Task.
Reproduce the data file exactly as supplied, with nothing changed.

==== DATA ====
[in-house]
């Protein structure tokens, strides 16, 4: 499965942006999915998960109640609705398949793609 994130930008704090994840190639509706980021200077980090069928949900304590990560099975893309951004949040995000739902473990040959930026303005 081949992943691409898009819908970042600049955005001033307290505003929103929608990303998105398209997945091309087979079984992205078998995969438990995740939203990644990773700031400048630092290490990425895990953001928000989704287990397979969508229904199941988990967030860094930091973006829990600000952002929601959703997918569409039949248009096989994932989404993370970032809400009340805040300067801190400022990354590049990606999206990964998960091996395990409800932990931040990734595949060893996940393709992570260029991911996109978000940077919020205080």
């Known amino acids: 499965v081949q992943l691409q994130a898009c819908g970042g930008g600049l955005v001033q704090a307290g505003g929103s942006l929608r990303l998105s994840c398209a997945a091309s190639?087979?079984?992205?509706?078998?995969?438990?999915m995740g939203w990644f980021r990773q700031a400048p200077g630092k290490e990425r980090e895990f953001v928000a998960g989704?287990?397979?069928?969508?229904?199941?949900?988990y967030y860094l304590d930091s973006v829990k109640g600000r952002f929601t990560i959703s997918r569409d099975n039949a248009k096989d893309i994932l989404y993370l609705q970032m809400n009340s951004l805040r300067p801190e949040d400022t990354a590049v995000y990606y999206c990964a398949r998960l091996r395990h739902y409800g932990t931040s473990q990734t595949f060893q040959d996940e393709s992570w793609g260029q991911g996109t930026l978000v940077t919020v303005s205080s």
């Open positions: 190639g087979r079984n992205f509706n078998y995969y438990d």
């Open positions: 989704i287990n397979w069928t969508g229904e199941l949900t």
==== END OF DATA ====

[in-house]
């Protein structure tokens, strides 16, 4: 499965942006999915998960109640609705398949793609 994130930008704090994840190639509706980021200077980090069928949900304590990560099975893309951004949040995000739902473990040959930026303005 081949992943691409898009819908970042600049955005001033307290505003929103929608990303998105398209997945091309087979079984992205078998995969438990995740939203990644990773700031400048630092290490990425895990953001928000989704287990397979969508229904199941988990967030860094930091973006829990600000952002929601959703997918569409039949248009096989994932989404993370970032809400009340805040300067801190400022990354590049990606999206990964998960091996395990409800932990931040990734595949060893996940393709992570260029991911996109978000940077919020205080």
């Known amino acids: 499965v081949q992943l691409q994130a898009c819908g970042g930008g600049l955005v001033q704090a307290g505003g929103s942006l929608r990303l998105s994840c398209a997945a091309s190639?087979?079984?992205?509706?078998?995969?438990?999915m995740g939203w990644f980021r990773q700031a400048p200077g630092k290490e990425r980090e895990f953001v928000a998960g989704?287990?397979?069928?969508?229904?199941?949900?988990y967030y860094l304590d930091s973006v829990k109640g600000r952002f929601t990560i959703s997918r569409d099975n039949a248009k096989d893309i994932l989404y993370l609705q970032m809400n009340s951004l805040r300067p801190e949040d400022t990354a590049v995000y990606y999206c990964a398949r998960l091996r395990h739902y409800g932990t931040s473990q990734t595949f060893q040959d996940e393709s992570w793609g260029q991911g996109t930026l978000v940077t919020v303005s205080s």
């Open positions: 190639g087979r079984n992205f509706n078998y995969y438990d």
């Open positions: 989704i287990n397979w069928t969508g229904e199941l949900t």